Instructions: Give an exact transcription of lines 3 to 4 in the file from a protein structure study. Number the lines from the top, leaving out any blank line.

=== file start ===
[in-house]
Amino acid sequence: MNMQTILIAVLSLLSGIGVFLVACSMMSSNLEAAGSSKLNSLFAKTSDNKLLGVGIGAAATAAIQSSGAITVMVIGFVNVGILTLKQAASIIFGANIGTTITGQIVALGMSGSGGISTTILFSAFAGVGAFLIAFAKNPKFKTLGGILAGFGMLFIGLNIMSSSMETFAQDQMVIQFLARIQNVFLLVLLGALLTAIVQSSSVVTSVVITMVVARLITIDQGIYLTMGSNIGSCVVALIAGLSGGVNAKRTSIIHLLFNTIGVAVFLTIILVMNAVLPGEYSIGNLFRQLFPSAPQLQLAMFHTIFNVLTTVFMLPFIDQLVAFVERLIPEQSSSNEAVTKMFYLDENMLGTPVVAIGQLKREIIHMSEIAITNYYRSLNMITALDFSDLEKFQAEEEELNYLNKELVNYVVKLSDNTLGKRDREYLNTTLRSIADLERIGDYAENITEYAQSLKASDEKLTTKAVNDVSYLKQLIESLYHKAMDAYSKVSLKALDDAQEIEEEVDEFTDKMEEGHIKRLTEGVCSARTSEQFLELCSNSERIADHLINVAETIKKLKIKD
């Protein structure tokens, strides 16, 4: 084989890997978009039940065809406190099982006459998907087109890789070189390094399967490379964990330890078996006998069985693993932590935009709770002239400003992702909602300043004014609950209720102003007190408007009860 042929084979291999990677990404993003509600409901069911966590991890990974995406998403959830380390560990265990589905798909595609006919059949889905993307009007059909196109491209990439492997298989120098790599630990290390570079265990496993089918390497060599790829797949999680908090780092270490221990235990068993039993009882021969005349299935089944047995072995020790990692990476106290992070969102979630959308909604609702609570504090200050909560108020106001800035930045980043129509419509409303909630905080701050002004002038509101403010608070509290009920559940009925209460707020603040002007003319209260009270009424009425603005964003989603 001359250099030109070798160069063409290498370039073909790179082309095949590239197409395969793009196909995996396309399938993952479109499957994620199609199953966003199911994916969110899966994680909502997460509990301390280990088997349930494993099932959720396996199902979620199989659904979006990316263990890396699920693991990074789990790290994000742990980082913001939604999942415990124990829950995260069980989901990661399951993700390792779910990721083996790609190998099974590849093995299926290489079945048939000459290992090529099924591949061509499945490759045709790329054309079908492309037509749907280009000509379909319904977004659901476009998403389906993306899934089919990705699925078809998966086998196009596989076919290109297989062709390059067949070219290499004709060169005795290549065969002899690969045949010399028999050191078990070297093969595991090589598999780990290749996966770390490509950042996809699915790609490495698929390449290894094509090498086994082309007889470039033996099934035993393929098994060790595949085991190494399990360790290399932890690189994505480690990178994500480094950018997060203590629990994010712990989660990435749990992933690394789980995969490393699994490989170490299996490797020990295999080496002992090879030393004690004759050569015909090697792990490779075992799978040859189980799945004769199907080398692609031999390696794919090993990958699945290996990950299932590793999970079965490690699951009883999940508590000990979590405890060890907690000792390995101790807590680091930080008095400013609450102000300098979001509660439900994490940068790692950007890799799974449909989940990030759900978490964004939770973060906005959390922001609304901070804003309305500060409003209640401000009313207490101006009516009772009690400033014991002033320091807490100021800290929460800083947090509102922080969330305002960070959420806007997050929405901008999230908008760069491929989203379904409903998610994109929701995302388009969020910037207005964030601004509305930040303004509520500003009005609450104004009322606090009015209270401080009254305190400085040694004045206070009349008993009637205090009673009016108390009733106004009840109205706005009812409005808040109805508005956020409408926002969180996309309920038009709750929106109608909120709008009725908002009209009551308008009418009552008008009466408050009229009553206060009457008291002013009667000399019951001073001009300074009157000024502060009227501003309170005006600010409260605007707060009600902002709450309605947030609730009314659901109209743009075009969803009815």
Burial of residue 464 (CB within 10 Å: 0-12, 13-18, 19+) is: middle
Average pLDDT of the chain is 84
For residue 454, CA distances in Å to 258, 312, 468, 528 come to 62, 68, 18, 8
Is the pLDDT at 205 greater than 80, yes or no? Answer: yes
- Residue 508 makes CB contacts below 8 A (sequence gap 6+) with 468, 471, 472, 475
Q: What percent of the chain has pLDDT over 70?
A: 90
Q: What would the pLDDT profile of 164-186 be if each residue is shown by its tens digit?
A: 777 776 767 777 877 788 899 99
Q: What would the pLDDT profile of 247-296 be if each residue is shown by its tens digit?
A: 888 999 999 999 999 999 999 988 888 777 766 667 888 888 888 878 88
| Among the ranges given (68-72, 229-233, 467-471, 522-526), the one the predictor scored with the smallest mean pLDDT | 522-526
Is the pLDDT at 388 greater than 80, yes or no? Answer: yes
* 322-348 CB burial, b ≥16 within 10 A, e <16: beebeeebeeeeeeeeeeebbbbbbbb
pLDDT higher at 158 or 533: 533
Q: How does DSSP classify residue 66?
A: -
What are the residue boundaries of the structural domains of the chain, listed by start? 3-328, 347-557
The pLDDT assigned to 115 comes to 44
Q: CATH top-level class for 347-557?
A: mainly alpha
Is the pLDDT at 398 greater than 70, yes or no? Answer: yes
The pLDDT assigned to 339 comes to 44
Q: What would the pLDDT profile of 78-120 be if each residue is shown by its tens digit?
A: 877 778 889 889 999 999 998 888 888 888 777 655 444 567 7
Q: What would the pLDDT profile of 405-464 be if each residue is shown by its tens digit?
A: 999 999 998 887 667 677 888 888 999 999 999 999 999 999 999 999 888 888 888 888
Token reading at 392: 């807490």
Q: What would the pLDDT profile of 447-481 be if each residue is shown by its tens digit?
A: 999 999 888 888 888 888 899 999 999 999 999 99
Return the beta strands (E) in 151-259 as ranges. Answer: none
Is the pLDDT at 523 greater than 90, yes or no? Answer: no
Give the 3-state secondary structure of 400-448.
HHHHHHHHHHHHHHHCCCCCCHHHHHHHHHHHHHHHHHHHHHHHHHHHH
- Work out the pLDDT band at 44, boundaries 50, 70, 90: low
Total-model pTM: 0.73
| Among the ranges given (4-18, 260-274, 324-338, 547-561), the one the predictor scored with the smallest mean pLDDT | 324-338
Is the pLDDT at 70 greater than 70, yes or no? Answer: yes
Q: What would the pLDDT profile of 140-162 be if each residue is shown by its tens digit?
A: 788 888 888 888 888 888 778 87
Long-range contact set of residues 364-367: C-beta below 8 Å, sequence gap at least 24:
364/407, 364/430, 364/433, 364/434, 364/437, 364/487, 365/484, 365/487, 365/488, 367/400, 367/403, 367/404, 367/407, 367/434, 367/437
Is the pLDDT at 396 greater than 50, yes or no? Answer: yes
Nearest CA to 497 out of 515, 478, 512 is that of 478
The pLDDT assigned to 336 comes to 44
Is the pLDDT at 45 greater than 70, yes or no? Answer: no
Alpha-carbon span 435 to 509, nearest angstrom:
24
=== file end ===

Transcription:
């Protein structure tokens, strides 16, 4: 084989890997978009039940065809406190099982006459998907087109890789070189390094399967490379964990330890078996006998069985693993932590935009709770002239400003992702909602300043004014609950209720102003007190408007009860 042929084979291999990677990404993003509600409901069911966590991890990974995406998403959830380390560990265990589905798909595609006919059949889905993307009007059909196109491209990439492997298989120098790599630990290390570079265990496993089918390497060599790829797949999680908090780092270490221990235990068993039993009882021969005349299935089944047995072995020790990692990476106290992070969102979630959308909604609702609570504090200050909560108020106001800035930045980043129509419509409303909630905080701050002004002038509101403010608070509290009920559940009925209460707020603040002007003319209260009270009424009425603005964003989603 001359250099030109070798160069063409290498370039073909790179082309095949590239197409395969793009196909995996396309399938993952479109499957994620199609199953966003199911994916969110899966994680909502997460509990301390280990088997349930494993099932959720396996199902979620199989659904979006990316263990890396699920693991990074789990790290994000742990980082913001939604999942415990124990829950995260069980989901990661399951993700390792779910990721083996790609190998099974590849093995299926290489079945048939000459290992090529099924591949061509499945490759045709790329054309079908492309037509749907280009000509379909319904977004659901476009998403389906993306899934089919990705699925078809998966086998196009596989076919290109297989062709390059067949070219290499004709060169005795290549065969002899690969045949010399028999050191078990070297093969595991090589598999780990290749996966770390490509950042996809699915790609490495698929390449290894094509090498086994082309007889470039033996099934035993393929098994060790595949085991190494399990360790290399932890690189994505480690990178994500480094950018997060203590629990994010712990989660990435749990992933690394789980995969490393699994490989170490299996490797020990295999080496002992090879030393004690004759050569015909090697792990490779075992799978040859189980799945004769199907080398692609031999390696794919090993990958699945290996990950299932590793999970079965490690699951009883999940508590000990979590405890060890907690000792390995101790807590680091930080008095400013609450102000300098979001509660439900994490940068790692950007890799799974449909989940990030759900978490964004939770973060906005959390922001609304901070804003309305500060409003209640401000009313207490101006009516009772009690400033014991002033320091807490100021800290929460800083947090509102922080969330305002960070959420806007997050929405901008999230908008760069491929989203379904409903998610994109929701995302388009969020910037207005964030601004509305930040303004509520500003009005609450104004009322606090009015209270401080009254305190400085040694004045206070009349008993009637205090009673009016108390009733106004009840109205706005009812409005808040109805508005956020409408926002969180996309309920038009709750929106109608909120709008009725908002009209009551308008009418009552008008009466408050009229009553206060009457008291002013009667000399019951001073001009300074009157000024502060009227501003309170005006600010409260605007707060009600902002709450309605947030609730009314659901109209743009075009969803009815």
Burial of residue 464 (CB within 10 Å: 0-12, 13-18, 19+) is: middle